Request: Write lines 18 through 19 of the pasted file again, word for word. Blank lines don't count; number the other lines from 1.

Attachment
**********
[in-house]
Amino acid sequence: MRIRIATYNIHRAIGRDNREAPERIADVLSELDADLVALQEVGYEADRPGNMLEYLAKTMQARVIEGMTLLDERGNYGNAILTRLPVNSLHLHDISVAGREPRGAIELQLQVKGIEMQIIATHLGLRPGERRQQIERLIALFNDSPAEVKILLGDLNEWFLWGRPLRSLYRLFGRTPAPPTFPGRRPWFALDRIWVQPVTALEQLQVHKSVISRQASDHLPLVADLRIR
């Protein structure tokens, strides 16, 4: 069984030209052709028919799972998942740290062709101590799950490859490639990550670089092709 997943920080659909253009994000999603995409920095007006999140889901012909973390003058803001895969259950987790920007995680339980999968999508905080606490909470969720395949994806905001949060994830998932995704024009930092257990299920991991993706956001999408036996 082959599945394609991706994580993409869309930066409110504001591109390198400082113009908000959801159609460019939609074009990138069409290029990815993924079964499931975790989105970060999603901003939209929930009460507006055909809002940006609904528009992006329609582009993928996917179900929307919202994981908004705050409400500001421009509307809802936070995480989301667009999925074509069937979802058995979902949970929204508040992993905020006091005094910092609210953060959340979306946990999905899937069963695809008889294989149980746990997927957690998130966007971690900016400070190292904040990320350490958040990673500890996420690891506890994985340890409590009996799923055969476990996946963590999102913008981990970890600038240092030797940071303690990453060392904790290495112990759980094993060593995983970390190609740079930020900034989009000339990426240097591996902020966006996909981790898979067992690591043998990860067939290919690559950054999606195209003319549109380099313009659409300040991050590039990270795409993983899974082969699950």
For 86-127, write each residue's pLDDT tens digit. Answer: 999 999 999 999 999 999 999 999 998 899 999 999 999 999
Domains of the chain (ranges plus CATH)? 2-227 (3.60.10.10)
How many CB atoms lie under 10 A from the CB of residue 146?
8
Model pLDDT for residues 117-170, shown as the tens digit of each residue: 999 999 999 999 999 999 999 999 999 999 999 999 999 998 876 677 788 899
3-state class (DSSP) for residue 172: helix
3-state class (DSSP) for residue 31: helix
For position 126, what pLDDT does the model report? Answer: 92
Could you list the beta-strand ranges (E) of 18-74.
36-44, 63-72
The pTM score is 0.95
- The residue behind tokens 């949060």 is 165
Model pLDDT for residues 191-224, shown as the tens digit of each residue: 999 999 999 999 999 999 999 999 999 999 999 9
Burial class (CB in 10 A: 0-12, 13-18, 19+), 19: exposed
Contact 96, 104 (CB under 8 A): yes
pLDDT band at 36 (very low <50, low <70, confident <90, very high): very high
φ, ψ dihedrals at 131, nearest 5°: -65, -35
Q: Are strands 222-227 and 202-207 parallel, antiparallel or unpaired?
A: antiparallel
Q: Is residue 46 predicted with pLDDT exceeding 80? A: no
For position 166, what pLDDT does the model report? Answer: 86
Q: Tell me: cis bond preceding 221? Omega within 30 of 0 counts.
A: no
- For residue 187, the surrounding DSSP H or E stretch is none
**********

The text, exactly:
Contact 96, 104 (CB under 8 A): yes
pLDDT band at 36 (very low <50, low <70, confident <90, very high): very high